The “Dawn Phenomenon”
Lately, I have been going to bed with a blood sugar around 90-100, and waking up with a blood sugar much higher – between 130 – 170. At first, I thought it was a fluke, but it’s happened several times over the last week. How can my blood sugar increase if I’m not eating any carbohydrates at night?
During my last visit with my Endocrinologist Doctor, he noticed it too after reading my glucose monitor. I asked him if it was because I was eating less carbs and more high protein at night, which was making my liver release more insulin than I needed into my blood stream. He said most likely not because this blood sugar spike would happen a couple of hours after I ate, and not while I slept.
My Endocrinologist Doctor mentioned that our bodies typically release hormones around 4 am, and this was most likely the culprit. And after a bit of online research, I came across the “Dawn Phenomenon” (2), which coincides with his theory, along this my initial speculation about my liver – called gluconeogenesis (1).
Why Some Type One Diabetics Wake Up With Higher Blood Sugar
Livers that produce too much glucose are one of the main ways diabetes causes high blood glucose levels. Other organs also produce small amounts of glucose. Again, this is called “gluconeogenesis”.
Organs do this to keep blood glucose from going too low at night or other times of not eating. From about 2 AM to 8 AM, most people’s bodies produce hormones, including cortisol, glucagon, and epinephrine. All these hormones increase insulin resistance and tell the liver to make more glucose. The idea is to get you enough glucose to get out of bed and start the day. The whole process is apparently started by growth hormones.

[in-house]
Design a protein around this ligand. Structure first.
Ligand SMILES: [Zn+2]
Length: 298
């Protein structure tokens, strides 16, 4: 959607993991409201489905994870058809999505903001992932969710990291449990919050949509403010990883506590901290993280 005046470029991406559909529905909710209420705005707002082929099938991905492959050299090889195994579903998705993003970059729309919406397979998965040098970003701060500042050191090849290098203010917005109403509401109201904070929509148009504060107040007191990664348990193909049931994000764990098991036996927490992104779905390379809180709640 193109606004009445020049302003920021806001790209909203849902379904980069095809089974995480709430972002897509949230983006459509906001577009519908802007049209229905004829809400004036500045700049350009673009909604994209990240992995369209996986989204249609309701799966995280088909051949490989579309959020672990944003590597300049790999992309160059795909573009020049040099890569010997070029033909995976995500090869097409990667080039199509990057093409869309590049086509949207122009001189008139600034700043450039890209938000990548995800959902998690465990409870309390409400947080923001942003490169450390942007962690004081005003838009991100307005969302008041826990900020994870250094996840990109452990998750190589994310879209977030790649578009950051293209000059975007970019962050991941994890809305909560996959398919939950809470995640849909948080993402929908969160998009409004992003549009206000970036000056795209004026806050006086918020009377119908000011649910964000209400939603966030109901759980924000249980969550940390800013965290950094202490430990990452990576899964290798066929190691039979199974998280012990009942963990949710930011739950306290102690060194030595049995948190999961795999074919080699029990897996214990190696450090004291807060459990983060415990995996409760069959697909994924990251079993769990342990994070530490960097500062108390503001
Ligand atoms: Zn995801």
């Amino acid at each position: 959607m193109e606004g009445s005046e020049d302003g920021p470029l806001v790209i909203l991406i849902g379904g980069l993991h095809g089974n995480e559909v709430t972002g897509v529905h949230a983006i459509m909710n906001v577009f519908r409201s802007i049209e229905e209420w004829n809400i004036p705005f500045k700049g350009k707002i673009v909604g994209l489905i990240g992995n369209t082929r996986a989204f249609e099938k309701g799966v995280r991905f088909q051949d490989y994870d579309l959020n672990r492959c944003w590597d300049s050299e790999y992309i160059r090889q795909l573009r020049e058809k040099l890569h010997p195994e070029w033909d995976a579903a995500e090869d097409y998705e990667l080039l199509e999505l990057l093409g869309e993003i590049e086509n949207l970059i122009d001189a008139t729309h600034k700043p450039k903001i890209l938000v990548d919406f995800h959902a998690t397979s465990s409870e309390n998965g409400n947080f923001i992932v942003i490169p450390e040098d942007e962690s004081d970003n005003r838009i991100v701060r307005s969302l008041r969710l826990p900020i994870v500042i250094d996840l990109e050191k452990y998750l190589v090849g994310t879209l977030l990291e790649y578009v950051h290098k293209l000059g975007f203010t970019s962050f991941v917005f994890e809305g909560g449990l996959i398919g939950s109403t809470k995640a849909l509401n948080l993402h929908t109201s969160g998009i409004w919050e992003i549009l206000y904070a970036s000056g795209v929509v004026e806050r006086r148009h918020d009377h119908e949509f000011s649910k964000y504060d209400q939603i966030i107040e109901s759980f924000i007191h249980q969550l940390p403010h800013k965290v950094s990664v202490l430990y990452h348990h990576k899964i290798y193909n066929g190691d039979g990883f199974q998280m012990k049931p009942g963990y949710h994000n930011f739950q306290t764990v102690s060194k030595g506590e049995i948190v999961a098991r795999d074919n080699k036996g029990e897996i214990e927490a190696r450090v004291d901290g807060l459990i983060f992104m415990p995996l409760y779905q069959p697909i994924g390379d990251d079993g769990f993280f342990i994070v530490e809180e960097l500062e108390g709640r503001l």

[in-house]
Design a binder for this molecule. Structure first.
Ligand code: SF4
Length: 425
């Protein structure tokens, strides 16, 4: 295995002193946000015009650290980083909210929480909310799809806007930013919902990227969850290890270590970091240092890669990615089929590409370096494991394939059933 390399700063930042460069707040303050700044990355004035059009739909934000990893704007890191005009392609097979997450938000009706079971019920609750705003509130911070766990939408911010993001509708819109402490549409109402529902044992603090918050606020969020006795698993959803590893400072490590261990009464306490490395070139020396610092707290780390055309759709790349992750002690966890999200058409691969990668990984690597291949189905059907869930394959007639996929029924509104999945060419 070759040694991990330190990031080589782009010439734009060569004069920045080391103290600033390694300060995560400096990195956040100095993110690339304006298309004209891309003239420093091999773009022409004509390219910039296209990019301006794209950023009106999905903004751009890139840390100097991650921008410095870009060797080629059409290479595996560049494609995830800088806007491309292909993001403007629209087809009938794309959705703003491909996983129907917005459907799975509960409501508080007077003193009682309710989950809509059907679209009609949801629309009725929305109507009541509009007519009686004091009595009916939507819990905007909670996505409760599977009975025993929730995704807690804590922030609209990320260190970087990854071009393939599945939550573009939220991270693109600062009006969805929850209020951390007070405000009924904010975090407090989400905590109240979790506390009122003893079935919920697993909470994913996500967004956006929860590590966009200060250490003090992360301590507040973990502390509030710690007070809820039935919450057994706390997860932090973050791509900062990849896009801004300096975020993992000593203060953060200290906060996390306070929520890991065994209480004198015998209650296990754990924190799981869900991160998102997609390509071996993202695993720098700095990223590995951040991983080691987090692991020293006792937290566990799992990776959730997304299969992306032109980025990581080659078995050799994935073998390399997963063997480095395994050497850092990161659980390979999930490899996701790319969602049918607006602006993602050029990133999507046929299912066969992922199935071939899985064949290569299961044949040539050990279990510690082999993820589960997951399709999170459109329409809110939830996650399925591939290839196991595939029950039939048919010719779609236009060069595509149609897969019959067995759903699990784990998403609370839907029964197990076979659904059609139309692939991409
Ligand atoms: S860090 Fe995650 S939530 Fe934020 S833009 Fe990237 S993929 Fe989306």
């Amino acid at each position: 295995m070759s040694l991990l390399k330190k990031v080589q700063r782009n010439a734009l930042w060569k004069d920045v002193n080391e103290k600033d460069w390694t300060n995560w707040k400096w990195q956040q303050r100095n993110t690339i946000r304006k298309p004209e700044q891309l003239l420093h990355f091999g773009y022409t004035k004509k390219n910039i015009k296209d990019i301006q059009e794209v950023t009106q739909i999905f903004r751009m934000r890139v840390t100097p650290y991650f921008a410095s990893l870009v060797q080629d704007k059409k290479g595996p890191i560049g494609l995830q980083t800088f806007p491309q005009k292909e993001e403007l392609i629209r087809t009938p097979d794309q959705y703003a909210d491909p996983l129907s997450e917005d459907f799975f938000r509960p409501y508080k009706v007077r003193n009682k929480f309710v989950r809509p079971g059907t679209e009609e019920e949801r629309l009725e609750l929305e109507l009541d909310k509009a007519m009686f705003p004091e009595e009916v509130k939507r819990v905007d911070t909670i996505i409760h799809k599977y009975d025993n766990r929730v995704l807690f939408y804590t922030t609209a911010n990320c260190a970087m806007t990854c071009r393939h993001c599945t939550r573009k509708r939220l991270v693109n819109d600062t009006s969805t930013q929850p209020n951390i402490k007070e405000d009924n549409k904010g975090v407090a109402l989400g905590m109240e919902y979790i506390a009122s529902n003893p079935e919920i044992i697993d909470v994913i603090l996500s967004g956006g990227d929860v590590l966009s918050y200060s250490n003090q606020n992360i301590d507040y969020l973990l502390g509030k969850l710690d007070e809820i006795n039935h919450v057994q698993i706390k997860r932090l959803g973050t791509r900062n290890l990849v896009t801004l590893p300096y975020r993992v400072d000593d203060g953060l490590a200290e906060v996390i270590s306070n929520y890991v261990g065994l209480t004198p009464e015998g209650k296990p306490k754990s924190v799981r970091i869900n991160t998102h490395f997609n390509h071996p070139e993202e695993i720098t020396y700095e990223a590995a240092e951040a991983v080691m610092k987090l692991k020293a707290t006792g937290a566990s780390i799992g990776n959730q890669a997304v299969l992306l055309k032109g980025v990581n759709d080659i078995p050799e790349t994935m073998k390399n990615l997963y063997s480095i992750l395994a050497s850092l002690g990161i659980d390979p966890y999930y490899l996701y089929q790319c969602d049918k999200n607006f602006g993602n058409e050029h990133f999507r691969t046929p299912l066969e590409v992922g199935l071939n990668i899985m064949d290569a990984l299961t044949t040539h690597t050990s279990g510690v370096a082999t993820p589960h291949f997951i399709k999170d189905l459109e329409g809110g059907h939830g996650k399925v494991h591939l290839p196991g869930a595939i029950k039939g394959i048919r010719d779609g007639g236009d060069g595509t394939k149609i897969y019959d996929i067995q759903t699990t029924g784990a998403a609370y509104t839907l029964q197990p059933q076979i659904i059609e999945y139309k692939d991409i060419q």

Whether we have Diabetes or not, everyone has a Dawn Phenomenon. Otherwise we’d be too weak to get out of bed for breakfast. But us with Diabetes, we can’t increase our insulin levels naturally, so our early morning blood glucose levels can rise dramatically.
Experts estimate that 25% – 50% of Type 1 Diabetics experience the Dawn Phenomenon. (2)
So, How Can Type Ones Prevent the “Dawn Phenomenon”
While different methods work for different people, here’s what experts recommend:
- A protein snack like nuts or cheese at bedtime
- An insulin pump can help a lot
- A little alcohol at bedtime
- Vinegar tablets or a liquid. Research says that most people need 4–6 vinegar tablets at bedtime to avoid a morning spike. There’s not much research, though vinegar has been shown to reduce insulin resistance
Personally, I want to try the vinegar method, as it seems to be the easiest and most natural. I’ll keep you posted on the outcome!
Until then – all my best,